Boasting 16 nominations, “Mare” helped the network land a strong 94 noms (along with HBO Max’s 36, making for a combined 130 — more on that in a moment). “Mare of Easttown” and its stars are among the frontrunners in the key limited series categories as the 73rd Emmy Awards take place on Sunday night.
But that combined 130 count caused some raised eyebrows in the industry: Rivals complained that HBO and HBO Max are two different platforms, and should be listed as such. (ABC and Hulu, also now under same management, have their tallies separated out.) TV Academy president Maury McIntyre told Variety in July that HBO and HBO Max were merged in the tally because, quite simply, they asked.
That may come down to casting. “Mike is thinking and possibly writing now.” “Maybe there's a character that pops in here or there, but it's going to be mostly a new cast, new narrative,” he said. The second season “could be somewhere in Europe,” Bloys hinted, and added that it’s still not determined whether “White Lotus” will be classified as a drama or an anthology series.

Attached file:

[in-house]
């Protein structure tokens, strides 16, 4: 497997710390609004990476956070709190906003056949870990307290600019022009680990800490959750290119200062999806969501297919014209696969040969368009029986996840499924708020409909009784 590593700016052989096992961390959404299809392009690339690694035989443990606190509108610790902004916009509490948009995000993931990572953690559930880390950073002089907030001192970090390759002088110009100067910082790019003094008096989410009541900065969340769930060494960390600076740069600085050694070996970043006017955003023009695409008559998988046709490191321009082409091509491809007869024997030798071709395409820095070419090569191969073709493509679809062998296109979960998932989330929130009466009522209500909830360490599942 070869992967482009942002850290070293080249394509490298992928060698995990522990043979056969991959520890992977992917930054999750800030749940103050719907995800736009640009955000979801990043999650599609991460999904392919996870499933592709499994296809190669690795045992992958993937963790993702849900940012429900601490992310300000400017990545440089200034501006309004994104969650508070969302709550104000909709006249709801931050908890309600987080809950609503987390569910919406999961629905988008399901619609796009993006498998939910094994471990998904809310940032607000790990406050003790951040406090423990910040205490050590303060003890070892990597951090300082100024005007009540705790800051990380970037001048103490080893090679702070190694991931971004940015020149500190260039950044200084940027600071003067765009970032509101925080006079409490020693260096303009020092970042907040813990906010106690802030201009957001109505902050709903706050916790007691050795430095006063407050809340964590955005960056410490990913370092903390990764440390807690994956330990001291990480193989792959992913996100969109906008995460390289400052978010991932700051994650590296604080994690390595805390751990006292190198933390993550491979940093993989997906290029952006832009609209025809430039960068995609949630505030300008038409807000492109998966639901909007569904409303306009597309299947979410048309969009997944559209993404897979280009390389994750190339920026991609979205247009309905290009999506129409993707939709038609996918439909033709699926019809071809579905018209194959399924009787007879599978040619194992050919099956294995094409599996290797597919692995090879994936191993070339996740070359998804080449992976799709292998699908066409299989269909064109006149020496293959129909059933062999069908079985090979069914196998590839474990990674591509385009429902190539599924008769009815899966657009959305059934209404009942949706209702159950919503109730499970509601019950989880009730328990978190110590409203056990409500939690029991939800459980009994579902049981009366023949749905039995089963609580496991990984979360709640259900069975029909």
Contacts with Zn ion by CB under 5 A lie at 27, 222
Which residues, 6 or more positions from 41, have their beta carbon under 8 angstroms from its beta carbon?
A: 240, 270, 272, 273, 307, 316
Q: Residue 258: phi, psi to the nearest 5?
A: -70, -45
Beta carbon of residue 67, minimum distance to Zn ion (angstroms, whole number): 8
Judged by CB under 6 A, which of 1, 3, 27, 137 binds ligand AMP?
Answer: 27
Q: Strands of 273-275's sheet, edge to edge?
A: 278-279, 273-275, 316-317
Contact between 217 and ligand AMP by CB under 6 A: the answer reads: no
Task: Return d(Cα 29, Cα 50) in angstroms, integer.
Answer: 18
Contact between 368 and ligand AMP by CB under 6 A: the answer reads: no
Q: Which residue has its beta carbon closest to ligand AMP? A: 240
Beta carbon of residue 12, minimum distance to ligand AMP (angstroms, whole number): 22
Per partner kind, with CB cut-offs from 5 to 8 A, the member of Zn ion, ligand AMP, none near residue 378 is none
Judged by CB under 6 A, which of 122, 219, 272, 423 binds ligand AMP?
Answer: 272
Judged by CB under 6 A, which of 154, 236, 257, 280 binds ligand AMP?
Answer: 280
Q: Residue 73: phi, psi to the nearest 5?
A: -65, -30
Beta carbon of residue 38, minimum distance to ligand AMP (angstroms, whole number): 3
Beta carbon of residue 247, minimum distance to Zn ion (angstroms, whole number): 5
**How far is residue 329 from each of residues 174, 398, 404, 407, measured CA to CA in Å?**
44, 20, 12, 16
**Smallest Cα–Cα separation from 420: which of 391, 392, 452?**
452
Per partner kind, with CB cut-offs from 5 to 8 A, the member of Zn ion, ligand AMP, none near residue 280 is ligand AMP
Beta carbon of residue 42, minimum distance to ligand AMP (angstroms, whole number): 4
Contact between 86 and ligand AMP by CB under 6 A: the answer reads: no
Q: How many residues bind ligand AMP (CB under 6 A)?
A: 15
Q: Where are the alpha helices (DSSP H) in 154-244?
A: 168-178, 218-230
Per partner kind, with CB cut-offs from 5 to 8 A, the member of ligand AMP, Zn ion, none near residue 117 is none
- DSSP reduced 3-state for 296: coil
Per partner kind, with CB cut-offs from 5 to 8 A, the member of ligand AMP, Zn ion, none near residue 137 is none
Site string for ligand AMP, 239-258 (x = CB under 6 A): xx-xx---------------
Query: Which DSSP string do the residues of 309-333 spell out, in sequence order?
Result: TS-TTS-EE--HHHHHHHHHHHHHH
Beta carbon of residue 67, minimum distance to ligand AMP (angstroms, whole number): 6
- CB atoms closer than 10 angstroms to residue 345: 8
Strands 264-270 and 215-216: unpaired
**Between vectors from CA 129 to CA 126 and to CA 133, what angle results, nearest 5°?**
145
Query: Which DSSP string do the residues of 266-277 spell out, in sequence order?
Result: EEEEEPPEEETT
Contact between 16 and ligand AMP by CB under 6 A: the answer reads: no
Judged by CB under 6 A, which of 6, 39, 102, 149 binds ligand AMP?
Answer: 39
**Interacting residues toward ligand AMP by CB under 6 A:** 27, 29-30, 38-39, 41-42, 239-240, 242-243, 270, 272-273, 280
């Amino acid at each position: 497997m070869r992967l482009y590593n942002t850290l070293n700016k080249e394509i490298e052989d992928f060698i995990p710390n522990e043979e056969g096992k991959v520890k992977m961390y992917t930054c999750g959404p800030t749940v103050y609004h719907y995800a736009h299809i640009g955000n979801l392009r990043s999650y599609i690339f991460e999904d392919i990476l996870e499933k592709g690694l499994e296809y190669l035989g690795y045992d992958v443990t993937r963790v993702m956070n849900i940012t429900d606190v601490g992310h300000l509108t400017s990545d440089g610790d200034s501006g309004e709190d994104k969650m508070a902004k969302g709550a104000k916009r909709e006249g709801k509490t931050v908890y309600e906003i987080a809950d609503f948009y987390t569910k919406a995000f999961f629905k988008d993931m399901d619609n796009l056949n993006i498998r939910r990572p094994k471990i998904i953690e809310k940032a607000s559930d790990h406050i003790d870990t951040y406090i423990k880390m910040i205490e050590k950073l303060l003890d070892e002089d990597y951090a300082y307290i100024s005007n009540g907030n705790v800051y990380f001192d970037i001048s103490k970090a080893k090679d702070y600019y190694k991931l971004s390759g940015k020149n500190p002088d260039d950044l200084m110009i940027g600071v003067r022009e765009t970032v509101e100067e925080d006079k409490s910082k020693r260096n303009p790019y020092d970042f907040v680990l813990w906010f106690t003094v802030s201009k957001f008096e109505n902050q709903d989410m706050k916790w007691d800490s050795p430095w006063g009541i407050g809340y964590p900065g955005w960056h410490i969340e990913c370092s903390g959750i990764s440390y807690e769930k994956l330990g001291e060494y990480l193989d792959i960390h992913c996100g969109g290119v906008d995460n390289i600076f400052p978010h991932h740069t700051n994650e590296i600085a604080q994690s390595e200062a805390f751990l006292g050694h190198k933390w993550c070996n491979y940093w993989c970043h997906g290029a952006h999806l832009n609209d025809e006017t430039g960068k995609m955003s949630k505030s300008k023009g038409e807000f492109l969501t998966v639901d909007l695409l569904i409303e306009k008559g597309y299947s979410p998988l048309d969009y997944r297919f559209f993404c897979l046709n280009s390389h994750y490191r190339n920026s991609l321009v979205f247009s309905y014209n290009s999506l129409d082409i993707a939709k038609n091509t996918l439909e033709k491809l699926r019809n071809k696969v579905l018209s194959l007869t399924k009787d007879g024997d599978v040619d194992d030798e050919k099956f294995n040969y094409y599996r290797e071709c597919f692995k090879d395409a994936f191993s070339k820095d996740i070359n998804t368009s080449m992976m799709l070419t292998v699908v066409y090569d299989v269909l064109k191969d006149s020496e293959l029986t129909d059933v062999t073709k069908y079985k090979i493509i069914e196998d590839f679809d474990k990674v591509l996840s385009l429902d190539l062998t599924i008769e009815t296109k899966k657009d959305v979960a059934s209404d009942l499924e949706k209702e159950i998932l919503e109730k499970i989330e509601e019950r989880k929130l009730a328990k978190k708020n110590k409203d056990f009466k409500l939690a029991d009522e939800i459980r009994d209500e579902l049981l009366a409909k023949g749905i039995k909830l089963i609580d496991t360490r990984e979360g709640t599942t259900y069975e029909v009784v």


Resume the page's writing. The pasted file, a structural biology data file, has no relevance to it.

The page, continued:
But newcomers including “Mare,” “Lovecraft Country” and “I May Destroy You” picked up that slack. Given that some of HBO’s most recent Emmy darlings weren’t eligible for consideration this year, including “Succession,” “Barry,” "Westworld" and "Curb Your Enthusiasm," it wasn’t a given that the pay cabler would have a successful year with voters. This is the first Emmy season for Bloys overseeing HBO and HBO Max original content, having added those duties for WarnerMedia's streamer a little over a year ago.
Bloys said that HBO and HBO Max will continue to submit their Emmy nominations as one combined entity. “To be honest, I was surprised that anybody was surprised that we would ask the TV Academy to count them together,” he said. “It's the same management, same business affairs, same production and HBO shows air day and date on HBO Max… the whole stated purpose of HBO Max, the platform, is to allow HBO to continue to do what it does, and not have to ultimately rely on a linear cable world.”